The impact of fluoride on the corrosivity of brackish water on mild steel in industrial cooling water system
Ecological considerations compelled a steel mill in Southern Africa to pursue Zero Effluent Discharge which led to the use of substandard influent water to their open recirculating cooling systems. This resulted in severe corrosion of the mild steel equipment which impacted on the cost and risk of doing business. Extensive research has been done over the last century, particularly for potable water systems, to develop reliable mathematical models to predict the impact of various factors on corrosion. However, the application of these indices on the steel mill brackish cooling water proved unsatisfactory and all excluded the impact of fluoride. The primary objectives of this thesis were to establish the individual and joint impacts of calcium carbonate saturation and the varying levels of the anions, particularly fluoride, at up to 90 mg/l, on the corrosion of mild steel at 45°C. Laboratory tests were performed with synthetic solutions, in accordance with ASTM methods, and on experimental design approaches. Laboratory and field data were used to construct several statistically sound and relatively accurate models and a set of hypothetical guidelines for the water chemistry parameters pertinent to fluoride-containing brackish water. SEM and EDS of the mild steel coupons confirmed the increase in uniform corrosion with increasing fluoride concentration and the tendency for micro-pitting corrosion. An initial equation formulated solely on the calcium concentration and total alkalinity yielded superior correlation with field data than the indices produced by previous authors. It accounted for 90% of the variations in the laboratory data. Laboratory investigations into the impact of the chloride and sulphate ions indicated they differed from the indices developed for drinking water systems. The chloride ion actually decreased corrosion, similar to what was found with saline waters. The impact of the fluoride confirmed the work of previous authors performed under considerably different physical or chemical test conditions. A linear model based on fluoride, pH, calcium hardness and total alkalinity resulted in an R2 (adj) of 88%. At above approximately 100 mg/l fluoride mild steel corrosion reached a plateau.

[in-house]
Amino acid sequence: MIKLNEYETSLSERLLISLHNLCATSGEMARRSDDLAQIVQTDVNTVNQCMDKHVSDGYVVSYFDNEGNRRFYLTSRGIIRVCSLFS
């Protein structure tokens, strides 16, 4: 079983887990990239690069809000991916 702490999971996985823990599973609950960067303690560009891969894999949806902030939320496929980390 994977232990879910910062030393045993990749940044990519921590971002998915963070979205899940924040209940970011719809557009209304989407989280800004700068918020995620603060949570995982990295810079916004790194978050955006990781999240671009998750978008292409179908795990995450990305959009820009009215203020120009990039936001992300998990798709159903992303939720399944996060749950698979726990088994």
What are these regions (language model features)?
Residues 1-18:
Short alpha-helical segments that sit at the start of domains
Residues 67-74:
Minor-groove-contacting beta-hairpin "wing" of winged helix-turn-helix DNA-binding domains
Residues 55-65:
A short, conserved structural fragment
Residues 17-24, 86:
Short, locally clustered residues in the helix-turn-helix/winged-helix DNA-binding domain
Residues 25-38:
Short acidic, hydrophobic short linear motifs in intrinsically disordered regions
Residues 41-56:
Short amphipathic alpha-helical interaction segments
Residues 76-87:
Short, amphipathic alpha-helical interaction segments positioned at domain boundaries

A thesis submitted in fulfilment of the requirements for the degree of Doctor of Philosophy Submitted to School of Chemical and Metallurgical Engineering, Faculty of Engineering and the Built Environment, University of the Witwatersrand, Johannesburg October 2015